The Sunday Leader

CEB Calls For Bids For A 50KW Solar Power System

by Ifham Nizam 

  • Currently there is a requirement of at least a 150 MW new plant to be added to the national grid annually
  • Despite such an increase in demand the CEB is yet to plan the construction of new plants
  • Delays in the construction of CEB owned plants have paved the way towards promoting private thermal plants

Invitation of bids and Results of Generation Expansion Planing Studies 2005

The Ceylon Electricity Board (CEB), a state owned utility has called for bids to supply, install and commission  a 50KW Solar power system at distribution division three headquarters building located at Etul Kotte, while experts point out that the absolute failure of some engineers in the CEB for not being able to use their knowledge and skills to fix it by themselves and calls  the private sector to fix it with poor tax payers money.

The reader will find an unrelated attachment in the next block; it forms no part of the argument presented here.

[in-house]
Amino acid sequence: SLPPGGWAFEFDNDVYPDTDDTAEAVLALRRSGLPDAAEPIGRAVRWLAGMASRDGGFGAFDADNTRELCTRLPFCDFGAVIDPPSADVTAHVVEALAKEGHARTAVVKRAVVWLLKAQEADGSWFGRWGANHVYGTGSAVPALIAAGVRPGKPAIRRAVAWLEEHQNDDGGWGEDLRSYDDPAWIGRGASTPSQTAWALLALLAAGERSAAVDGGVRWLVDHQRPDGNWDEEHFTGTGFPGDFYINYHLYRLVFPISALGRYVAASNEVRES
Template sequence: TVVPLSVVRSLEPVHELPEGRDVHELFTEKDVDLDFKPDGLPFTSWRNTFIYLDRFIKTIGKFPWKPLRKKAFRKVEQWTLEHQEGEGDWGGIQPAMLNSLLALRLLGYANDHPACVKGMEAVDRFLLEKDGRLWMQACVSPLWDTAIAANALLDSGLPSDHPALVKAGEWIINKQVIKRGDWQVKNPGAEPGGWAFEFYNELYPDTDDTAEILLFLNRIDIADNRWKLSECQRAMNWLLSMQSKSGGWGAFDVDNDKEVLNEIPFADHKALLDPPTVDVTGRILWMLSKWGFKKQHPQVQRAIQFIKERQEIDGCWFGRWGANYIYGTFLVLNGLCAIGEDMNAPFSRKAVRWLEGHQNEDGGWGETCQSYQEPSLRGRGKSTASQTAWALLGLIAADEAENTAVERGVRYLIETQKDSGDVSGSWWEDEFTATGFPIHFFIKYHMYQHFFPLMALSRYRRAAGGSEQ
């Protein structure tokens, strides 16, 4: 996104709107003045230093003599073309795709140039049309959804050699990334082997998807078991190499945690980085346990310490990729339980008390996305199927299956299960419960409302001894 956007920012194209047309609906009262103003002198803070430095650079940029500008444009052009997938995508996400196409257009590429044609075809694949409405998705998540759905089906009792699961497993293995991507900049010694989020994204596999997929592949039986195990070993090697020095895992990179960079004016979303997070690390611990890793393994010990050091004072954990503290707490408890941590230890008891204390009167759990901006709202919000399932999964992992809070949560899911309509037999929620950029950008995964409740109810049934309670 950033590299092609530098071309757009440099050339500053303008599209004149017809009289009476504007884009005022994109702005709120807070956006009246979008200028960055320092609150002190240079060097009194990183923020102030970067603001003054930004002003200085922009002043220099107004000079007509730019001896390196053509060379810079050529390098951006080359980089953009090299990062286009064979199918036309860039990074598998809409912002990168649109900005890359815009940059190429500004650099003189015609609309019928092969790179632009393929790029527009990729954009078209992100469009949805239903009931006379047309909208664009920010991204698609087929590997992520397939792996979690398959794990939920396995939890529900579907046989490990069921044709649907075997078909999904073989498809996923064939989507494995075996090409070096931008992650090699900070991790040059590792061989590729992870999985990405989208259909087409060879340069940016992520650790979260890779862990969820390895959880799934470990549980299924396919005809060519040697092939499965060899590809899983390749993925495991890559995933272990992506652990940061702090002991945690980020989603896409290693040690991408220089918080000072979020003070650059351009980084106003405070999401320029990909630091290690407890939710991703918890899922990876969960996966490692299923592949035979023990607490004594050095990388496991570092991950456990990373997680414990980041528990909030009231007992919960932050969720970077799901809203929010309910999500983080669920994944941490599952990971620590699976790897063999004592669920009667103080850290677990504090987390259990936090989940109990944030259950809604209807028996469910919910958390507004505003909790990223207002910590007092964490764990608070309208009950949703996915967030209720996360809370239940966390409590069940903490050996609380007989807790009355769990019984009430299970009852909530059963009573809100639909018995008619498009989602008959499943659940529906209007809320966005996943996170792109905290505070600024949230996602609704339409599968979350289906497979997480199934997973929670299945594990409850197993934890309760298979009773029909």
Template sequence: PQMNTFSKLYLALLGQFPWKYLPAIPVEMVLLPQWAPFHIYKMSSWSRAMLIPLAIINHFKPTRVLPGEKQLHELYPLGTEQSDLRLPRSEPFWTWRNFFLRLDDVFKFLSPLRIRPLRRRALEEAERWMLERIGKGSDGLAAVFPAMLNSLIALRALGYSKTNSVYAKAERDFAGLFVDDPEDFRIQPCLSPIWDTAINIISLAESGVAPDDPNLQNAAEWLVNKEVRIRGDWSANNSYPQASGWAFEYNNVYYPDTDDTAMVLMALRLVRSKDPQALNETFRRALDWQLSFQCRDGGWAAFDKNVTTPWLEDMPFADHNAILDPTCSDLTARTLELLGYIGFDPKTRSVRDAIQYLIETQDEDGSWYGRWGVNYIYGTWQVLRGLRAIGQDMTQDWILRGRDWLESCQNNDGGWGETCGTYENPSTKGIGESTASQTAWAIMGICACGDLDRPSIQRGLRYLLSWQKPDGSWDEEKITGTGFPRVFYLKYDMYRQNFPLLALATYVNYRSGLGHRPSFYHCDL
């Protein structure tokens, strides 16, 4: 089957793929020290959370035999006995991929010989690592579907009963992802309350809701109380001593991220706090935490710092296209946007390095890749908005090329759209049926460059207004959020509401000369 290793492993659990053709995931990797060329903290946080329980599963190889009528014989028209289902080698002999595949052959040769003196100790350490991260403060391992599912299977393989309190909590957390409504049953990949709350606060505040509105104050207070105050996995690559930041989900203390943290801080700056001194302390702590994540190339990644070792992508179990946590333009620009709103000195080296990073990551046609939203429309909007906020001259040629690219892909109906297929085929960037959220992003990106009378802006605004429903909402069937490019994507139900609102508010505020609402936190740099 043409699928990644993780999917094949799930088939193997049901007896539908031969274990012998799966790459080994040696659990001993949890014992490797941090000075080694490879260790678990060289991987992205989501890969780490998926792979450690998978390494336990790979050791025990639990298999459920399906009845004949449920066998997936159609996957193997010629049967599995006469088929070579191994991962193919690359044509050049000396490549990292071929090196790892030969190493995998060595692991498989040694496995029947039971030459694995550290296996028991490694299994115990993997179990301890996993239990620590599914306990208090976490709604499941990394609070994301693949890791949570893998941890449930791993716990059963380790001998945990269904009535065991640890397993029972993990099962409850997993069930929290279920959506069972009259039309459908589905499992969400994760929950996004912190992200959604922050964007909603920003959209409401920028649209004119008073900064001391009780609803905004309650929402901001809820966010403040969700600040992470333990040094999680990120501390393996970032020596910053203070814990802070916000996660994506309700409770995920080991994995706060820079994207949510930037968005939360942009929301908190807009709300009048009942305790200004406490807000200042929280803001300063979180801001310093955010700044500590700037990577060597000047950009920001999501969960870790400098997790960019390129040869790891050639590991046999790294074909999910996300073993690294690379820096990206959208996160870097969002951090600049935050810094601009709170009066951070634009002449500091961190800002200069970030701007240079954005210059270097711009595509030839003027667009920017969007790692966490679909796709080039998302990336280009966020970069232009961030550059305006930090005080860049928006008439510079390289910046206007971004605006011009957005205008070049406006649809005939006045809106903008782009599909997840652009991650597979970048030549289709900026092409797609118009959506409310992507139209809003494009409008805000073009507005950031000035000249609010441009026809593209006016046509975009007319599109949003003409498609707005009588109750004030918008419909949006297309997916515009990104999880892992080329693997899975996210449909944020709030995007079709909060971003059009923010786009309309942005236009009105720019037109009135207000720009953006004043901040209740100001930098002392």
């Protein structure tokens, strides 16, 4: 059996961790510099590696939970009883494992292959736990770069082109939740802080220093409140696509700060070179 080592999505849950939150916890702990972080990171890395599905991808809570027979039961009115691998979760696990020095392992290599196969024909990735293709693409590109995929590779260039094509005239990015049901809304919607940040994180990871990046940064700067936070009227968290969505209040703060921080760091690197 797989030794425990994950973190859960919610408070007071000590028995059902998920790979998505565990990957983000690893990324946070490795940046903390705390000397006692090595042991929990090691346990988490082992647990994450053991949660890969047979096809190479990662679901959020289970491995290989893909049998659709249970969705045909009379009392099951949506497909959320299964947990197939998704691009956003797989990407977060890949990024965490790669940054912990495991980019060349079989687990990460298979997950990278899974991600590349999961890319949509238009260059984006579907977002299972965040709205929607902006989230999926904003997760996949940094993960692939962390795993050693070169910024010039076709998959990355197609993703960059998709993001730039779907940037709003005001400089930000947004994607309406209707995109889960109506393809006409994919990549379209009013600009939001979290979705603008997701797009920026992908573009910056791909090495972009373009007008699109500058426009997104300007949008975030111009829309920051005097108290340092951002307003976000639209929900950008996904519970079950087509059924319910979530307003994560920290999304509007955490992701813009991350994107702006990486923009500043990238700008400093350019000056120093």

This is the same CEB that talks about 300 MW – 500 MW bigger power plants in Sri Lanka which employs more than 1200 engineers.

Currently there is a requirement of at least a 150 MW new plant to be added to the national grid annually. Despite such an increase in demand the CEB is yet to plan the construction of new plants.

This comes to a serious question of “whether the CEB is a name board state organisation where engineers are just there to call bids and give away all the hard work to the private sector by using public money.”